Randle Showing Human Side

While defensive tackle John Randle showed his caring side at times in private while with the Vikings, fans rarely got to see it. He's a different player on the football field, but Seahawks coach Mike Holmgren is letting out the secret of Randle's human side in Seattle.

Homecoming game: One of the best side bars to the Seahawks visiting Minnesota is the return of defensive tackle John Randle to the site of some of his best seasons in the NFL.

He earned his spot in the league, and his reputation as a fearsome pass rusher, while playing with the Vikings.

"He was one of their great players of all time," Seahawks coach Mike Holmgren said of Randle's relationship to the Vikings. "He's one of the all-time sack leaders in the league since they've been keeping that stat. The remarkable thing is where he came from to where he is. He beat the odds. He's undersized, not a big guy, and he's the poster child for what hard work and just a will to get it done can do for an athlete."

A measure of respect for Randle was his being voted team captain by the Seahawks.

"He's a little wacky, we all know that," Holmgren said. "He has more fun than any 10 players I've ever seen. There really are two people. There's the John Randle football player and there's the John Randle that might come up to my office and we'll talk about something. He'll talk about his family or he'll talk to me about my family. There really are two distinctly different guys and sometimes in this business you get to see that."

While the fans see Randle's on-field fervor to win, the front office saw his willingness to sacrifice personally to help the team. In the off-season, he willingly accepted a salary cut of about 50 percent to help the team sign free agents.

"That blew me away," Holmgren said. "I thought that was a great thing, a great team thing, an unselfish act by a great football player, a Hall of Fame football player. You just don't see it happen that much. Which told me a couple things. He likes being here and he likes playing. And he is the real deal. When he talks about team and talks about those things, that's real, that's honest. You can't say that about everybody."

  • Too little, too late: The NFL announced this week that referee Tom White would be fined $2,600 for blowing a call that helped the Seahawks lose to Baltimore last week.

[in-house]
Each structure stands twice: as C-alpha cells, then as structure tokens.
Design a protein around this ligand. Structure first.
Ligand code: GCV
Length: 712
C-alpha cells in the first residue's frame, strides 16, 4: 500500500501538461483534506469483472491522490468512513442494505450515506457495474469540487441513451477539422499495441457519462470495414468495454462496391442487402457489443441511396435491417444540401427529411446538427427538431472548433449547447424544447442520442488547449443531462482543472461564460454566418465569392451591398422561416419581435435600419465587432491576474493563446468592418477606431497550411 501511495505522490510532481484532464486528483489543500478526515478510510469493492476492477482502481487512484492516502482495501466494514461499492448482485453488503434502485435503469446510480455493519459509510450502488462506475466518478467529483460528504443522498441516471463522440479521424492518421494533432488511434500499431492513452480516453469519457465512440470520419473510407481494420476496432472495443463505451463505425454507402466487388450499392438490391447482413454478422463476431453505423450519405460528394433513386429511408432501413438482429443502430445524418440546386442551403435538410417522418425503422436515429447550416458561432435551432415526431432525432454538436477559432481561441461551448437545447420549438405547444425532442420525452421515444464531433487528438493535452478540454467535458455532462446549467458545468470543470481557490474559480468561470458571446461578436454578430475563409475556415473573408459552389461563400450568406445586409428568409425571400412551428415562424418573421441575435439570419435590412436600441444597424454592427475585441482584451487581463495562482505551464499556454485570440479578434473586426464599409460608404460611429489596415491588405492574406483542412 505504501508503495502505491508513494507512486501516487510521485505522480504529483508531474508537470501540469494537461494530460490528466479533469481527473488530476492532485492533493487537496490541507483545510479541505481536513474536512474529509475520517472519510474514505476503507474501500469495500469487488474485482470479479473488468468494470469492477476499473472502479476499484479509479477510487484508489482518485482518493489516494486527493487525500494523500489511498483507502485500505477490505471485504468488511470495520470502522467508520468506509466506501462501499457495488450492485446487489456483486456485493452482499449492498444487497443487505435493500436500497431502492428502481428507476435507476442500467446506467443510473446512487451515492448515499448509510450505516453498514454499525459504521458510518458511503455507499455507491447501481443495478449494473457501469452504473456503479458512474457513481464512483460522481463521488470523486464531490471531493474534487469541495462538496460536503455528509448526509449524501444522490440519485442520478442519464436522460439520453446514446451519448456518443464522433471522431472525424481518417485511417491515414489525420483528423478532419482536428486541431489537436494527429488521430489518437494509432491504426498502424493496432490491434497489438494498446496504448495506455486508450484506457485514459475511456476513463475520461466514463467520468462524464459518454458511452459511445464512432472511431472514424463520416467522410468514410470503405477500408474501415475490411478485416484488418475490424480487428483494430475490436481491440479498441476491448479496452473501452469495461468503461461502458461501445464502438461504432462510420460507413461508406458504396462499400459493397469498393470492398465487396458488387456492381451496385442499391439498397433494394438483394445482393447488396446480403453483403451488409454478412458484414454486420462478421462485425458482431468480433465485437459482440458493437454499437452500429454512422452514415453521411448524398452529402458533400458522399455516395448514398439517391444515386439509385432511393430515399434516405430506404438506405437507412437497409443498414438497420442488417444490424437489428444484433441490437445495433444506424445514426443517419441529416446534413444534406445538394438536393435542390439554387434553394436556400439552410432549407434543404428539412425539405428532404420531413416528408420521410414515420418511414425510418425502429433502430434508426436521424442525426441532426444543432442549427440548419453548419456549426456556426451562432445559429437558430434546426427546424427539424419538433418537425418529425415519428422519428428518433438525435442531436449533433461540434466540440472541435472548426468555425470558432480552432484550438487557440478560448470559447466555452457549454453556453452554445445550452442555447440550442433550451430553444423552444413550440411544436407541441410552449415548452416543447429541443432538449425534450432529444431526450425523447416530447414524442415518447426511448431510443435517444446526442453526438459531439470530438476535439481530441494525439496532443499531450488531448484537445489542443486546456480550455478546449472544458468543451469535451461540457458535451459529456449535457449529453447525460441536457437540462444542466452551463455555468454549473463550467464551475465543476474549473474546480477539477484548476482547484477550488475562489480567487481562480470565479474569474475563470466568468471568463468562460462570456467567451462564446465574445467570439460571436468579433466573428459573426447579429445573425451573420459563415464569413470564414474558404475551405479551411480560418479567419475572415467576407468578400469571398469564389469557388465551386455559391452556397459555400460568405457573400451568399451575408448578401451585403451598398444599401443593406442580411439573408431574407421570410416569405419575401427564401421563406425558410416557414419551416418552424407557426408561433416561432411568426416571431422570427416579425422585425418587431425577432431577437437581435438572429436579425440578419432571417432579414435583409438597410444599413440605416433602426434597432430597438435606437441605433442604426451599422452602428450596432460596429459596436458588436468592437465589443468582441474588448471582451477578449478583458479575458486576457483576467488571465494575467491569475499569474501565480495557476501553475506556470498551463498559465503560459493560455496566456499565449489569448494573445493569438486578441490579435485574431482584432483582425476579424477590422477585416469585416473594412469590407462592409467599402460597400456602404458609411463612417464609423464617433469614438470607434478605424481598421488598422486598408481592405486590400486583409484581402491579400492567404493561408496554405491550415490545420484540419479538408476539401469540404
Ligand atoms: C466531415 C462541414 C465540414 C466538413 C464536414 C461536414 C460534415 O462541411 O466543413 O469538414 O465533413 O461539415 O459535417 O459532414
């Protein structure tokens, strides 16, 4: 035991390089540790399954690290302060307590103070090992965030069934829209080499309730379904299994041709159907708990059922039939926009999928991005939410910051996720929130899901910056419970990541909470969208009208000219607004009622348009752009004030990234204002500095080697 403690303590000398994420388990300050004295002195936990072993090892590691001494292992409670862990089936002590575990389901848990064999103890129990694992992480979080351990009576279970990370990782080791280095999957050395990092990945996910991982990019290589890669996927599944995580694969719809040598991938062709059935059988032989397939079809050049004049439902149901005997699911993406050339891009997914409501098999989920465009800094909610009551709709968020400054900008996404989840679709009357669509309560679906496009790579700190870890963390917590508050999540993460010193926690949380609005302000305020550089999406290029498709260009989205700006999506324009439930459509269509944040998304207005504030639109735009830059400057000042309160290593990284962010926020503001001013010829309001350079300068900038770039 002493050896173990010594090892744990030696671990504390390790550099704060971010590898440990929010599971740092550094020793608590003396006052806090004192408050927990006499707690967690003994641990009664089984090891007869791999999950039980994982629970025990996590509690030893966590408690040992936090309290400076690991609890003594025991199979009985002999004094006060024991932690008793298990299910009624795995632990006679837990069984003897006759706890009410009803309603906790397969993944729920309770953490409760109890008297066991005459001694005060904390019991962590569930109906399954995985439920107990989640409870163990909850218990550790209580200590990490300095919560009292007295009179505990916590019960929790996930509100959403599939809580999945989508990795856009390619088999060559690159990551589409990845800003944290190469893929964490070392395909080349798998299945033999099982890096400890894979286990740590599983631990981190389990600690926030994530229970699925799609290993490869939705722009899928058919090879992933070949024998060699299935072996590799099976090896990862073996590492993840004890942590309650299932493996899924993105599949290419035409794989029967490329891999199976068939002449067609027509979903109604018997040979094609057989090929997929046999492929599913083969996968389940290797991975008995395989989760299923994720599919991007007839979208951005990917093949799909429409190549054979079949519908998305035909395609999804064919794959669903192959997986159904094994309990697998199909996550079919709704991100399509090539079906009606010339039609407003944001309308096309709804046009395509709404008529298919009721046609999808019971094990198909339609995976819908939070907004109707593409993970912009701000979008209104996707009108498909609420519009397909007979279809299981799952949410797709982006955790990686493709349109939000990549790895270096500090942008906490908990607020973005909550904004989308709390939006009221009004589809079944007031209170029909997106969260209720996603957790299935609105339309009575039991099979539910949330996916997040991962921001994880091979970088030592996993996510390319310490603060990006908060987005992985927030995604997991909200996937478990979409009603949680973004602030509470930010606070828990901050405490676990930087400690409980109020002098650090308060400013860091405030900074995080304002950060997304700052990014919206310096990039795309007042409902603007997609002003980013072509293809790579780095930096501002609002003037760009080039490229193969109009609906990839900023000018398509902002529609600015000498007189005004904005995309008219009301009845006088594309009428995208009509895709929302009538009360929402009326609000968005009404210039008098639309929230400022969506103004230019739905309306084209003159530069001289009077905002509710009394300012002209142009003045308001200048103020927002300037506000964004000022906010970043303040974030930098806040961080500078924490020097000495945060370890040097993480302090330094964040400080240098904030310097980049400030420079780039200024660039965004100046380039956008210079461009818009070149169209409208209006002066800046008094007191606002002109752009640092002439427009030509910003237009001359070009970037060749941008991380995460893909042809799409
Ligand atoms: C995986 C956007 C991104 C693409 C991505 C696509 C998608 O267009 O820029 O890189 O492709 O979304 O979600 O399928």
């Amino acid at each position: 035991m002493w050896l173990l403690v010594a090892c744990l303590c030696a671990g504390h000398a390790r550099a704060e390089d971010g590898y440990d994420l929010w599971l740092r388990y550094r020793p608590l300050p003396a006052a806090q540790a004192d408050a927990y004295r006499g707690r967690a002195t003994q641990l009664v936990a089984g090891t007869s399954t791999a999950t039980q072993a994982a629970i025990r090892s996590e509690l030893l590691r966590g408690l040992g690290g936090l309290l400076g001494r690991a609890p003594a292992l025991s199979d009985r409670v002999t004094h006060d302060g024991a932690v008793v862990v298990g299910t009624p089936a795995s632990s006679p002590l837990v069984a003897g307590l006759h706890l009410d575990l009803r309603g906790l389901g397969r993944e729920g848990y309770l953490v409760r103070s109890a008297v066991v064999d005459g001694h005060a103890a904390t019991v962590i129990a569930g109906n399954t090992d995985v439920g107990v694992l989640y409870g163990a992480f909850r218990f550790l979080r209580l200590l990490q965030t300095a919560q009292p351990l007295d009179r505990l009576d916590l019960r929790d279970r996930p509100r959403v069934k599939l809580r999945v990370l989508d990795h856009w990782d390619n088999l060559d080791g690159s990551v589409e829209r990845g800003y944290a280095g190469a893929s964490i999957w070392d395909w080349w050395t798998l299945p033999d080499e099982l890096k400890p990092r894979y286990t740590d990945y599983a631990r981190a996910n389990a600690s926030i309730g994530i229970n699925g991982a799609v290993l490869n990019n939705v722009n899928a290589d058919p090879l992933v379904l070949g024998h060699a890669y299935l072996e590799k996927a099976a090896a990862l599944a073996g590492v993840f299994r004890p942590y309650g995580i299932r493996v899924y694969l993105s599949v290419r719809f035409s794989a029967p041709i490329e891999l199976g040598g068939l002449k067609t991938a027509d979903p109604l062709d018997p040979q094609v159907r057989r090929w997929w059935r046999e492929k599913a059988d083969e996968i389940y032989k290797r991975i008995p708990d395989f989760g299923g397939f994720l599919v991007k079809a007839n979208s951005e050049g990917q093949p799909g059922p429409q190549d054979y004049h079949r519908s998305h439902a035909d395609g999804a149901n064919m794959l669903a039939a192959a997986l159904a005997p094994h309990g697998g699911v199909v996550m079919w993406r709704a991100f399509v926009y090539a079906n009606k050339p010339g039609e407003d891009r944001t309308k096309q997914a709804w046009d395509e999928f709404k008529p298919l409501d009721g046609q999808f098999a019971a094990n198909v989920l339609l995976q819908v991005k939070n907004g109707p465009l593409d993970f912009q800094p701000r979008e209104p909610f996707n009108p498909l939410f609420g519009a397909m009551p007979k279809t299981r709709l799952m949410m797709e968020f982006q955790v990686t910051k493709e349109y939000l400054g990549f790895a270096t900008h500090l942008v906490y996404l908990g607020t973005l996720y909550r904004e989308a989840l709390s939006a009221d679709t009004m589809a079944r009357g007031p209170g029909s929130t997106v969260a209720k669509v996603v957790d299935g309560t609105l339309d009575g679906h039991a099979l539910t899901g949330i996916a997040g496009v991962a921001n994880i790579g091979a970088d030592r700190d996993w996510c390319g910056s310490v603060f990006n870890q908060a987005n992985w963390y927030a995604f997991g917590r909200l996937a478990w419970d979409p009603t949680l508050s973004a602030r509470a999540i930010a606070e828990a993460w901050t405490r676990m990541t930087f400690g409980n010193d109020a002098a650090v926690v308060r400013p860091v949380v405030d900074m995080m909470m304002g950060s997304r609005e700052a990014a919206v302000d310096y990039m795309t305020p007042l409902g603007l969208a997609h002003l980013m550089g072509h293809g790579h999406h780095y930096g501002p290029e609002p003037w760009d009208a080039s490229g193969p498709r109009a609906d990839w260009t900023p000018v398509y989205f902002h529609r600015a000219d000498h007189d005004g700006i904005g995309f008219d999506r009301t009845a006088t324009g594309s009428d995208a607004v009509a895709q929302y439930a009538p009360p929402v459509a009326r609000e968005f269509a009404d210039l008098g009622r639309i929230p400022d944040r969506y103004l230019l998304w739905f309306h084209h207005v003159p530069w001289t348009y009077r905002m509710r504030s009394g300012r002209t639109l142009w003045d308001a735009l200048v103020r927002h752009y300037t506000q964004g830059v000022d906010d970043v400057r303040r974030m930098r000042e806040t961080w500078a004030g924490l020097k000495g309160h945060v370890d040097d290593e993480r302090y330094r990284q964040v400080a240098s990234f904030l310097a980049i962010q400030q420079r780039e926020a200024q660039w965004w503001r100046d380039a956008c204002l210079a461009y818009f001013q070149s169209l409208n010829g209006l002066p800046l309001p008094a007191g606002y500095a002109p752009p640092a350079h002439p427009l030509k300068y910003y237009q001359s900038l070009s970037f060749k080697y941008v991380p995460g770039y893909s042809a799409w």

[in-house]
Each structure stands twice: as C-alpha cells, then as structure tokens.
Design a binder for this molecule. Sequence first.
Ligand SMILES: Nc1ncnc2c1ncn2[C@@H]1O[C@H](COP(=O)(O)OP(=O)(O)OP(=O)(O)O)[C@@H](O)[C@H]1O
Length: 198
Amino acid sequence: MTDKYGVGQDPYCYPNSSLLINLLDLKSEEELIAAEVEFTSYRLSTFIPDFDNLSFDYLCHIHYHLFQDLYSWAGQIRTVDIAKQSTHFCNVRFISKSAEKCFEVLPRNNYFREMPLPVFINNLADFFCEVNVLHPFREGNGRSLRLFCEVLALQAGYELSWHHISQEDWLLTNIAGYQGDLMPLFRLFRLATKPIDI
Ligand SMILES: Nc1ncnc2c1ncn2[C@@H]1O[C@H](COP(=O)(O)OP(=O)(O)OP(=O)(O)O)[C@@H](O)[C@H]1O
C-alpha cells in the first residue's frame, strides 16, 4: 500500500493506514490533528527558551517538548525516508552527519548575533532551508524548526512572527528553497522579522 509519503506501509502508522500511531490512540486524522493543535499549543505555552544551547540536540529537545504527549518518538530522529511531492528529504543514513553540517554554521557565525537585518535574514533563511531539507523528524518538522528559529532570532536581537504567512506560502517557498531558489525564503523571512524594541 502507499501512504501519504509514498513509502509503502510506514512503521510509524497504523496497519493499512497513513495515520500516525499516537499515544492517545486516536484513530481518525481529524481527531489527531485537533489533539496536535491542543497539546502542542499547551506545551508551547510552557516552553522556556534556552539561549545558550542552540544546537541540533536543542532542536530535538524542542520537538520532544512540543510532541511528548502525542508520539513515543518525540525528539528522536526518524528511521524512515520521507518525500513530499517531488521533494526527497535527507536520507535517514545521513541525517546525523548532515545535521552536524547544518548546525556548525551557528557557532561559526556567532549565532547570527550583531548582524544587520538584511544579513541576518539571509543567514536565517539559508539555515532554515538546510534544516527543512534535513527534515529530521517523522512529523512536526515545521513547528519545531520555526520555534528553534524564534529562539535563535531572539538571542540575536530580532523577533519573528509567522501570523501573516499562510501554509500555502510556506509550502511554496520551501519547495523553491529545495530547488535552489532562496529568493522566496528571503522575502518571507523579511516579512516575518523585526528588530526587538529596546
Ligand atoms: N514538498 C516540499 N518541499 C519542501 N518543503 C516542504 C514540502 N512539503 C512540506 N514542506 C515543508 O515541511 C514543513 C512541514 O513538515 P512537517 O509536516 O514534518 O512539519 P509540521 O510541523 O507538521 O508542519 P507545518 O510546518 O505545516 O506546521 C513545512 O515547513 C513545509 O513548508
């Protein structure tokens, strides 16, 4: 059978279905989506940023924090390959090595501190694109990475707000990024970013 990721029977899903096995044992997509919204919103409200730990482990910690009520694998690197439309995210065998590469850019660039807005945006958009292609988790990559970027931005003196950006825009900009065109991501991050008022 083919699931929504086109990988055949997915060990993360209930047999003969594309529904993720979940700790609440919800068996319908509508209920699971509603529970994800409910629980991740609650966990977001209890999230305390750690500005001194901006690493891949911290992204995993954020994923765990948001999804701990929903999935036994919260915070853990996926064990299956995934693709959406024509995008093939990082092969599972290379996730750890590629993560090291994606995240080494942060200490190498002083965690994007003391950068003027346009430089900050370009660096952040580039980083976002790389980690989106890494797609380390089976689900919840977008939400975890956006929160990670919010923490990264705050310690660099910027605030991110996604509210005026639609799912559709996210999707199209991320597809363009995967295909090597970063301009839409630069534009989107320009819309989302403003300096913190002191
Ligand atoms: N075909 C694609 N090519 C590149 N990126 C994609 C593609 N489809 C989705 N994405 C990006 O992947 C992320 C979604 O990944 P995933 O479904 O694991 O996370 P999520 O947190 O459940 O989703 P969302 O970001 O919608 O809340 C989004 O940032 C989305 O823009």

White failed to start the clock when it should have been running late in regulation, which allowed the Ravens enough time to move down the field for the game-tying field goal.

    "What it tells me is that everyone's accountable," Holmgren said. "We're accountable, the players are accountable, and the officials are accountable. The league is trying to make sure that it doesn't happen again in a game. It sends a little bit of a message. Honest to goodness, I would just as soon give them the money back and have the call. That would have made me feel better."

    BY THE NUMBERS: 24-24 — the combined record of the Seahawks' final four opponents.

    QUOTE TO NOTE: "I hope we're peaking at the right time. We're relatively healthy, which is a start. That gives you a chance. Our confidence level is pretty good." — Coach Mike Holmgren.


    STRATEGY AND PERSONNEL
    The Seahawks have finally figured out some schemes to get pressure on opposing quarterbacks, totaling 10 sacks in the past two weeks against the Ravens and Browns.

    They'll need it again this week as they face one of the most dangerous passing combinations in Vikings quarterback Daunte Culpepper and receiver Randy Moss.

    "Daunte is a big, strong man, and you can think you have him but you don't," coach Mike Holmgren said. "Minnesota's offensive football team, there are some more weapons there."

    Culpepper operates frequently out of the shotgun, giving him some extra time to avoid pressure. And even when pressure arrives, defenders are not always able to bring him down, and he's also gifted with good mobility.

    "You always have to count him as a threat to run the ball," Holmgren said.

    Compounding the problem, of course, is Moss, who mandates double coverage.

    "I know what he's capable of," Holmgren said. "God gave him tremendous, tremendous skills. Now, it's up to us to try to combat that. We have a lot of challenges this week. The No. 1 challenge is dealing with Randy Moss. He has shown the ability to go up and get it; he's tall and he's fast. If I'm a defensive back for the Seahawks this week, I'm gearing up for a real battle."

    The best defense against Moss, Holmgren said, is getting pressure on the quarterback. The second is to make sure enough people are around him when he catches the ball that it's difficult for him to break away and turn a short pass into a long score.

    PERSONNEL/INJURY NOTES:

  • DE Anton Palepoi is going to see more time as Brandon Mitchell heals from a calf injury.

  • QB Matt Hasselbeck looks at a good duel with another top young quarterback in the NFC, Daunte Culpepper.

  • FS Ken Hamlin may face his biggest challenge in trying to provide over-the-top help for the Seahawk cornerbacks against Randy Moss.

  • LB Randall Godfrey missed last week with a bruised sternum, and although he is expected to play, Orlando Huff might see more time than usual as a replacement.




  • Viking Update Top Stories